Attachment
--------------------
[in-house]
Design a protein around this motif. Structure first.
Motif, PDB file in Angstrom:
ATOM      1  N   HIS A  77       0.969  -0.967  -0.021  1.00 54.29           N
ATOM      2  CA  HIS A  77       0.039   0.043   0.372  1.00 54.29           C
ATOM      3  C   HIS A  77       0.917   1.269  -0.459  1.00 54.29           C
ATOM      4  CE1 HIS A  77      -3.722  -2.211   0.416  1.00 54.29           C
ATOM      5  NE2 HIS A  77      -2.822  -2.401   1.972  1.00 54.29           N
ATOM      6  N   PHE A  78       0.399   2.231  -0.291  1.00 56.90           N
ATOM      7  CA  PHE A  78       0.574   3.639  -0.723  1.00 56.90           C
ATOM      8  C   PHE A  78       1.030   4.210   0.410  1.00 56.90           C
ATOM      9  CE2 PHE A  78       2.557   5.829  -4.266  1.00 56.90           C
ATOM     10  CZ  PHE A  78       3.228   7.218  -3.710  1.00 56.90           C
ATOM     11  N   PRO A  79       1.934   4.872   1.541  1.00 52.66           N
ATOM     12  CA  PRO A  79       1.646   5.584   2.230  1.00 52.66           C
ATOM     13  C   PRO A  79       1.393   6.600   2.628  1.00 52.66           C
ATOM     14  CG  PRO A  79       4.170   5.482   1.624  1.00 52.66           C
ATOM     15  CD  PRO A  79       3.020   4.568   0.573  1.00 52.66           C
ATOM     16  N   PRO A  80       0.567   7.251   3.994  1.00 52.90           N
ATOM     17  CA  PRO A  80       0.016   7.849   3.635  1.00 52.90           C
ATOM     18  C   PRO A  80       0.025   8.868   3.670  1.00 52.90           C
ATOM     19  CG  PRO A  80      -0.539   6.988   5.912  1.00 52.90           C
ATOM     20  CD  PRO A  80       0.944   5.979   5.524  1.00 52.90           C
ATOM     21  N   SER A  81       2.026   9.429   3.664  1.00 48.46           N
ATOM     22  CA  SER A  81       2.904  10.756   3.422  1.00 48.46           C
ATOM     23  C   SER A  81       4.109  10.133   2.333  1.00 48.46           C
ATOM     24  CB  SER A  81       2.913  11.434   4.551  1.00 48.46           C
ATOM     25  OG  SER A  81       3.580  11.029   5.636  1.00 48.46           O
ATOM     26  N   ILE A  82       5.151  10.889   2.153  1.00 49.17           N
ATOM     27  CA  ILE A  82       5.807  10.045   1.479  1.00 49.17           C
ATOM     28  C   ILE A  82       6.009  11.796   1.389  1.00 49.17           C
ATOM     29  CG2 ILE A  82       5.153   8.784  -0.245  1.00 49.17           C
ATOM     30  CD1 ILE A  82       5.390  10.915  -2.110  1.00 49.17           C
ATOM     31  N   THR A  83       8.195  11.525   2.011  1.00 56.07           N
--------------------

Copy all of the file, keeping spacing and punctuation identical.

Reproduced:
[in-house]
Design a protein around this motif. Structure first.
Motif, PDB file in Angstrom:
ATOM      1  N   HIS A  77       0.969  -0.967  -0.021  1.00 54.29           N
ATOM      2  CA  HIS A  77       0.039   0.043   0.372  1.00 54.29           C
ATOM      3  C   HIS A  77       0.917   1.269  -0.459  1.00 54.29           C
ATOM      4  CE1 HIS A  77      -3.722  -2.211   0.416  1.00 54.29           C
ATOM      5  NE2 HIS A  77      -2.822  -2.401   1.972  1.00 54.29           N
ATOM      6  N   PHE A  78       0.399   2.231  -0.291  1.00 56.90           N
ATOM      7  CA  PHE A  78       0.574   3.639  -0.723  1.00 56.90           C
ATOM      8  C   PHE A  78       1.030   4.210   0.410  1.00 56.90           C
ATOM      9  CE2 PHE A  78       2.557   5.829  -4.266  1.00 56.90           C
ATOM     10  CZ  PHE A  78       3.228   7.218  -3.710  1.00 56.90           C
ATOM     11  N   PRO A  79       1.934   4.872   1.541  1.00 52.66           N
ATOM     12  CA  PRO A  79       1.646   5.584   2.230  1.00 52.66           C
ATOM     13  C   PRO A  79       1.393   6.600   2.628  1.00 52.66           C
ATOM     14  CG  PRO A  79       4.170   5.482   1.624  1.00 52.66           C
ATOM     15  CD  PRO A  79       3.020   4.568   0.573  1.00 52.66           C
ATOM     16  N   PRO A  80       0.567   7.251   3.994  1.00 52.90           N
ATOM     17  CA  PRO A  80       0.016   7.849   3.635  1.00 52.90           C
ATOM     18  C   PRO A  80       0.025   8.868   3.670  1.00 52.90           C
ATOM     19  CG  PRO A  80      -0.539   6.988   5.912  1.00 52.90           C
ATOM     20  CD  PRO A  80       0.944   5.979   5.524  1.00 52.90           C
ATOM     21  N   SER A  81       2.026   9.429   3.664  1.00 48.46           N
ATOM     22  CA  SER A  81       2.904  10.756   3.422  1.00 48.46           C
ATOM     23  C   SER A  81       4.109  10.133   2.333  1.00 48.46           C
ATOM     24  CB  SER A  81       2.913  11.434   4.551  1.00 48.46           C
ATOM     25  OG  SER A  81       3.580  11.029   5.636  1.00 48.46           O
ATOM     26  N   ILE A  82       5.151  10.889   2.153  1.00 49.17           N
ATOM     27  CA  ILE A  82       5.807  10.045   1.479  1.00 49.17           C
ATOM     28  C   ILE A  82       6.009  11.796   1.389  1.00 49.17           C
ATOM     29  CG2 ILE A  82       5.153   8.784  -0.245  1.00 49.17           C
ATOM     30  CD1 ILE A  82       5.390  10.915  -2.110  1.00 49.17           C
ATOM     31  N   THR A  83       8.195  11.525   2.011  1.00 56.07           N